The frustration of translating dreams into digital adventures

Writers can relate. So too can anyone who has tried to write a story.

It begins with a dream, an idea, a thought, a fragment, a vision, a nightmare; it begins in some form within the writers brain, a sometimes partner, but more a landscape like that of the moors in “Hound of the Baskerville’s,” foggy, swampy, and empty, where the writer as detective searches out storylines, but finding none let’s his mind go, then without seeking, ideas bounce around in his head like and ball caroming off walls on a handball court, fast and furious, coming at all angles. Stop. Let me catch one.

Then more frustration. The writer sees in his mind the characters, he can see what will happen, he know where and how it will go. It is all played out in his mind. That is the fun part, the imagination given free reign, a daydream the writer escapes into. But how to accurately translate what is in the writers brain onto paper or the digital magic of Word is the problem.

The language must be precise. What is the right word? There might be a better word that more acutely gives the proper nuance. Sometimes the writer knows the word is there someplace, but it is elusive, just out of his mental grasp. Search the Thesaurus. But while doing that the rest of the thought, the rest of the paragraph may dissipate like morning fog when the sun comes up. Gone. What was I going to say? Exactly.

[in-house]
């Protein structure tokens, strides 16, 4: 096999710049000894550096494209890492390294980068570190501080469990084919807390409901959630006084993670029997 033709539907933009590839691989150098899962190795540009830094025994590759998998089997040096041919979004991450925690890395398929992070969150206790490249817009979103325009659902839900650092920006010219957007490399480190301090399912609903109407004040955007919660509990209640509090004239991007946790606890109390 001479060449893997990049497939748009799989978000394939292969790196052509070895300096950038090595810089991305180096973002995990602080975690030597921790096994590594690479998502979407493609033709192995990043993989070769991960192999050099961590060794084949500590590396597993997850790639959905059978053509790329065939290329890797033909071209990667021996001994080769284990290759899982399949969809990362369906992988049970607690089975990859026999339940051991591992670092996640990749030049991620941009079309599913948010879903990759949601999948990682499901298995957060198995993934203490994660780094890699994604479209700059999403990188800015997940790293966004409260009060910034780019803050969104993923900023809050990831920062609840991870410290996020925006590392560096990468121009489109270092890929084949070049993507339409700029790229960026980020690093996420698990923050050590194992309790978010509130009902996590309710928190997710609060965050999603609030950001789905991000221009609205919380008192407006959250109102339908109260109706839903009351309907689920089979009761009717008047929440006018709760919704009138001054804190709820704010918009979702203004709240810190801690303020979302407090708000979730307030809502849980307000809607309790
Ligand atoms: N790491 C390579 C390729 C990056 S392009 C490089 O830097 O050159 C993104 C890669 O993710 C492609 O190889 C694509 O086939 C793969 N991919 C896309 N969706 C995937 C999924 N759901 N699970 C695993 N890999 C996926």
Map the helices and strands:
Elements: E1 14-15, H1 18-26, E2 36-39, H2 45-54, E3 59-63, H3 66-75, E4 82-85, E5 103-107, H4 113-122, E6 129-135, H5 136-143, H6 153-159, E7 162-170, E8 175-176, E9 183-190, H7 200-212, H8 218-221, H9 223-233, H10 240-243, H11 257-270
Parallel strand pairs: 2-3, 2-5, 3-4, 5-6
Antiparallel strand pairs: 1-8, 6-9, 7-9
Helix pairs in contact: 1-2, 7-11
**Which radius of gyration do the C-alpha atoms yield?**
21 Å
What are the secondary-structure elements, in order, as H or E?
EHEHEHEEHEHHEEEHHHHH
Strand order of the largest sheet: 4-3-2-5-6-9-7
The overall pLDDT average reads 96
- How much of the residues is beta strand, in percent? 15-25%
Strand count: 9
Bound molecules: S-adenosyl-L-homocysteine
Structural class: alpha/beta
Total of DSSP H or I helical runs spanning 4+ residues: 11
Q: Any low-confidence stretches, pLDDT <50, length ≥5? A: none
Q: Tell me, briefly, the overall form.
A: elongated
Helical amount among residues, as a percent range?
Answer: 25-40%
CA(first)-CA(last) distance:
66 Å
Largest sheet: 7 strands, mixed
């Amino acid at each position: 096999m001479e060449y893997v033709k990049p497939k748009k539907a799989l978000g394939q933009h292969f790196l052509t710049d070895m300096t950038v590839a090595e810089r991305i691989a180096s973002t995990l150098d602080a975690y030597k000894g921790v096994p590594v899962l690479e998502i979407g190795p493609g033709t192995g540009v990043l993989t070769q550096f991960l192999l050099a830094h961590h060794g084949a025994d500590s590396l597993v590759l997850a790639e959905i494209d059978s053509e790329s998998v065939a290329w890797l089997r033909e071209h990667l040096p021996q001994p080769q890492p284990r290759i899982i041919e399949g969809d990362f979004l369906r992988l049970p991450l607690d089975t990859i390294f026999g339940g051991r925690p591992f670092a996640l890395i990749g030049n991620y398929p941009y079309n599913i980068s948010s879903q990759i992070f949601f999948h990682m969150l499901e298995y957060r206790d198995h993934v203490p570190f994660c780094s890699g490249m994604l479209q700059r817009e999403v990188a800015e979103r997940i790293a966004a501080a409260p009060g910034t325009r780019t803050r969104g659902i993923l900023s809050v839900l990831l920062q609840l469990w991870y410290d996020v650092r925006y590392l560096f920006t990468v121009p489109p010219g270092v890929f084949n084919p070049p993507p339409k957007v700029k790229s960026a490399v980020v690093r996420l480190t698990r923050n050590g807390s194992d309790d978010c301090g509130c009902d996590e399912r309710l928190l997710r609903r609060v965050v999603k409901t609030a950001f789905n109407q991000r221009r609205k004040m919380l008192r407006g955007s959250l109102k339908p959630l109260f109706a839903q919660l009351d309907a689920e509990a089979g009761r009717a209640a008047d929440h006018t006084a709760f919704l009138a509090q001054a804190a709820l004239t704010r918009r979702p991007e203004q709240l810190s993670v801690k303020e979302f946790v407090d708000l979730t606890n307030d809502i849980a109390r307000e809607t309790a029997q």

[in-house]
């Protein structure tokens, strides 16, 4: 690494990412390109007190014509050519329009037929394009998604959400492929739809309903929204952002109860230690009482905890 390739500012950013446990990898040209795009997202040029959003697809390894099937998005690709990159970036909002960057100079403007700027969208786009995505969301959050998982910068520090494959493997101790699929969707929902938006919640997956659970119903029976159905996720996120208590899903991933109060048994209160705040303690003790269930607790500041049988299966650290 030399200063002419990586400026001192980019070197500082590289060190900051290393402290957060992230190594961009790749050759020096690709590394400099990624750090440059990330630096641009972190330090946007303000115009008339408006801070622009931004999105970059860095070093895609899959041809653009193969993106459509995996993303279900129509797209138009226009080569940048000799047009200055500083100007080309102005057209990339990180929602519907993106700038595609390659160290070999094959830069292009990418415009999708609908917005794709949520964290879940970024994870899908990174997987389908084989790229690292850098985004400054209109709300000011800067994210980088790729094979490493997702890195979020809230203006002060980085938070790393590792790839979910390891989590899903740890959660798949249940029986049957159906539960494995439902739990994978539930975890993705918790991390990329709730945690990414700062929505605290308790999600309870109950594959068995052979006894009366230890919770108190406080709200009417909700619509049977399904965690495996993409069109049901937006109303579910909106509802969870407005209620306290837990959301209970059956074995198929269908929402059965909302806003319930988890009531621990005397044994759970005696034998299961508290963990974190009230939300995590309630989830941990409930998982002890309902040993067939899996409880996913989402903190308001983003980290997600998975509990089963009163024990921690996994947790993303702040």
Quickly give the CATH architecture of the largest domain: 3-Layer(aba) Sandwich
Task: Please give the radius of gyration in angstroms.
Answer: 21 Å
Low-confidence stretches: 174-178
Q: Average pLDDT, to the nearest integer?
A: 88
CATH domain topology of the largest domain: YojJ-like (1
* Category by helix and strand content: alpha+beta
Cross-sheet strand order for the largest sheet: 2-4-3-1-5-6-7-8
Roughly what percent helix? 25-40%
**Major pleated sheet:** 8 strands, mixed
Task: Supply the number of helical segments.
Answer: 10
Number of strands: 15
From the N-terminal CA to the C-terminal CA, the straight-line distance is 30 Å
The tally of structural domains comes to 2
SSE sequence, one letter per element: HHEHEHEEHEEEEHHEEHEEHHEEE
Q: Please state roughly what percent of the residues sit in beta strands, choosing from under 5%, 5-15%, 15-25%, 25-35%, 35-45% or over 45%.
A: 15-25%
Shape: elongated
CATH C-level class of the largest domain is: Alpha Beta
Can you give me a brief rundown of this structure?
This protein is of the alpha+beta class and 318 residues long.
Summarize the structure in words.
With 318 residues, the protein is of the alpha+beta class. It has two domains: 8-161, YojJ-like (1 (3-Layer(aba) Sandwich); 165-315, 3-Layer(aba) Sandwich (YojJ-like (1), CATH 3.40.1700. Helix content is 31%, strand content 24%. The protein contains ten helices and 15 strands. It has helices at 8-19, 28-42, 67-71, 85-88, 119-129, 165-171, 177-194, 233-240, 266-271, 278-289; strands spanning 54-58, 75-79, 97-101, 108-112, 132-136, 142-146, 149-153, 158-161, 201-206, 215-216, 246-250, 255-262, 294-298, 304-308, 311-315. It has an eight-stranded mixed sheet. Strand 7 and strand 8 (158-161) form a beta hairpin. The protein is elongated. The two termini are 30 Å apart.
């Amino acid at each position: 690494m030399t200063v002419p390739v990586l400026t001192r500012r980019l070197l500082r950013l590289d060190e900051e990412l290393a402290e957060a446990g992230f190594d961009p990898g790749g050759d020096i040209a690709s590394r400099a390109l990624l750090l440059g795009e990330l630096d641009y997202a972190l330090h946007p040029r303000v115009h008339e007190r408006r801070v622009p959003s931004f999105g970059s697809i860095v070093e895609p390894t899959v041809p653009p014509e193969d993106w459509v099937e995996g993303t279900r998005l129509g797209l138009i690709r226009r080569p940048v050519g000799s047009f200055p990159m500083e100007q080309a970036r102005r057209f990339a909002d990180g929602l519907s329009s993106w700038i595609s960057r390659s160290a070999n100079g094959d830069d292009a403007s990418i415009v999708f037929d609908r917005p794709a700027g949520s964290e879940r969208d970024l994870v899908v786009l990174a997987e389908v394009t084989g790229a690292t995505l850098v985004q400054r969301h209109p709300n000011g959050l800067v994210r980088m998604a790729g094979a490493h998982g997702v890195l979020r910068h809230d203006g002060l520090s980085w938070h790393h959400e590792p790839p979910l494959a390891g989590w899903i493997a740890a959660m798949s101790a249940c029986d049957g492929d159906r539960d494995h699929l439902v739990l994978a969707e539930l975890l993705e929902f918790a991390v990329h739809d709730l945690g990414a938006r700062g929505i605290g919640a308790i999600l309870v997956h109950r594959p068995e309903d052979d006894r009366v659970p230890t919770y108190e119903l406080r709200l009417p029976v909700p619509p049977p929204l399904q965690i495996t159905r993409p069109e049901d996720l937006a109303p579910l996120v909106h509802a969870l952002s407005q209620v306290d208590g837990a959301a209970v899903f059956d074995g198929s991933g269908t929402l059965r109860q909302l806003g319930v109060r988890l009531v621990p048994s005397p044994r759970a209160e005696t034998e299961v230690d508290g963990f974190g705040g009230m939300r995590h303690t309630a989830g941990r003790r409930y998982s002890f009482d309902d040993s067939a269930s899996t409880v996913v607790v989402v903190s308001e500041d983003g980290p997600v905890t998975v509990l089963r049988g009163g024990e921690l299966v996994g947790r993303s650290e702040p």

The brain works faster than the writers hand can write, faster than the writers fingers can type. And while writing, typing, trying to translate with perfection the thought, the description, the dialogue, the everything, it can never be perfect. Frustration. Something, no matter how slight the shading, gets lost in translation. It is never perfect. But it can be in one sentence. It can be in one paragraph. Here and there something comes out exactly, or as close to exactly as possible, but on the whole, in its entirety, the translation is never what was racing through the writers landscape.  

Even in rewriting, the art of clarification, of rhythm, of making sense, the writer has a chance to make the dream whole and complete. But he is merely fixing, not realizing. By the end of the story, the origin of the daydream, the vision, what is left is the ghost of the story, but often it is good enough.

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